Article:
Talking of which: second jobs are not unknown in public service (ask the police), but how on earth was Bill Crothers, the civil service head of Whitehall procurement, allowed also to act as as part-time adviser to Greensill? Did Sir John Manzoni, the civil servant believed to have signed off on Crothers’ position, also have a second job in the private sector?
Why does the Cabinet Office not seem to know how many senior civil servants are in a similar position? And how long has the practice been going on for? Crothers’ appointment was made five years ago. Is the practice, say, ten years old? Longer? Does it run back from the Coalition into the Labour years?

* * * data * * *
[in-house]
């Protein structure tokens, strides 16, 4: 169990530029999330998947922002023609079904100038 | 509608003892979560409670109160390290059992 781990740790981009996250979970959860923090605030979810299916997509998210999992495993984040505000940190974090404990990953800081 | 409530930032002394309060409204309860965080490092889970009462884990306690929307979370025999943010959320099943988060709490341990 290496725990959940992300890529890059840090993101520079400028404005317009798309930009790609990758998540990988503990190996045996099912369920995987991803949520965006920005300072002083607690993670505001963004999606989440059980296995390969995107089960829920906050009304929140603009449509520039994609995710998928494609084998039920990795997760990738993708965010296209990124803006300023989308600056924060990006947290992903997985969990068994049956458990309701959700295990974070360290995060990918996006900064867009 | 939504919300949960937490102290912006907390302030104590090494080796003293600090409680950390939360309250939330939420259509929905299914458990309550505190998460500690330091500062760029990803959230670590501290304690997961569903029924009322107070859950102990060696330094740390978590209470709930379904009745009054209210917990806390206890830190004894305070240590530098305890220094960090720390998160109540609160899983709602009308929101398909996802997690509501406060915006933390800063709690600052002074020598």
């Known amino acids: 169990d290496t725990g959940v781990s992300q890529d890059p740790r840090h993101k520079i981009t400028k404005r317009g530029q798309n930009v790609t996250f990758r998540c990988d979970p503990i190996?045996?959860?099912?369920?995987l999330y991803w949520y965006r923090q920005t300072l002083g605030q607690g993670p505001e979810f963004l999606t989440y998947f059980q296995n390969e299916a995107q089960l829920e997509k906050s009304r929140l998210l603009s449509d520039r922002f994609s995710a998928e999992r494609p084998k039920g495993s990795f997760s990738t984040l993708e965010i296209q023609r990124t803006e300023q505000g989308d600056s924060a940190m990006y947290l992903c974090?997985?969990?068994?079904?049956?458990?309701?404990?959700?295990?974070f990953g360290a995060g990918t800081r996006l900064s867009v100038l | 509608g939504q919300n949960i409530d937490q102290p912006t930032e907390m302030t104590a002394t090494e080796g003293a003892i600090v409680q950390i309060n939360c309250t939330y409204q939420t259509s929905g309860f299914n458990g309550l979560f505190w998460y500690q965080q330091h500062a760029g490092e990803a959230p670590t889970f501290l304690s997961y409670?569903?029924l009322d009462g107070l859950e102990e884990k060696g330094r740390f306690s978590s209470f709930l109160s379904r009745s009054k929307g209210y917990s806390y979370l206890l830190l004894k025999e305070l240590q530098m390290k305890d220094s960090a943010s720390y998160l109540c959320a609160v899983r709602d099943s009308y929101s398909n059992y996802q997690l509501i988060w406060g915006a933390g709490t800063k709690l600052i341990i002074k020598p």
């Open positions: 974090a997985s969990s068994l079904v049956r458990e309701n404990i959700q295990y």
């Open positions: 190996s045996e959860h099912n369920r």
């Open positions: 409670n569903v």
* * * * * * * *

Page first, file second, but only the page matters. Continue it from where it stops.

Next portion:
When acting as an adviser to the Coalition Government, Greensill wasn’t a civil servant – and doesn’t appear to have been formally appointed, either. So which Minister was he accountable to? If the answer is David Cameron, was the Prime Minister really in charge, or had Jeremy Heywood, to borrow the Vote Leave slogan, “taken back control”?
The answers to these questions are unknown, but it’s not hard to see where these events are heading. First, there will be a crackdown on the commercial activities of former Prime Ministers (on which point: we’ve heard during recent days from John Major and Gordon Brown. Where’s Tony Blair?)
Next, there will be a tightening-up of lobbying laws. As Francis Ingham wrote on this site recently, “the patent absurdity of a Lobbying Act which excludes the majority of lobbyists means that it simply will not last”. He added that if the TUC or CBI hire a public affairs agency to lobby Ministers, it must be disclosed, but if they do so themselves, it doesn’t.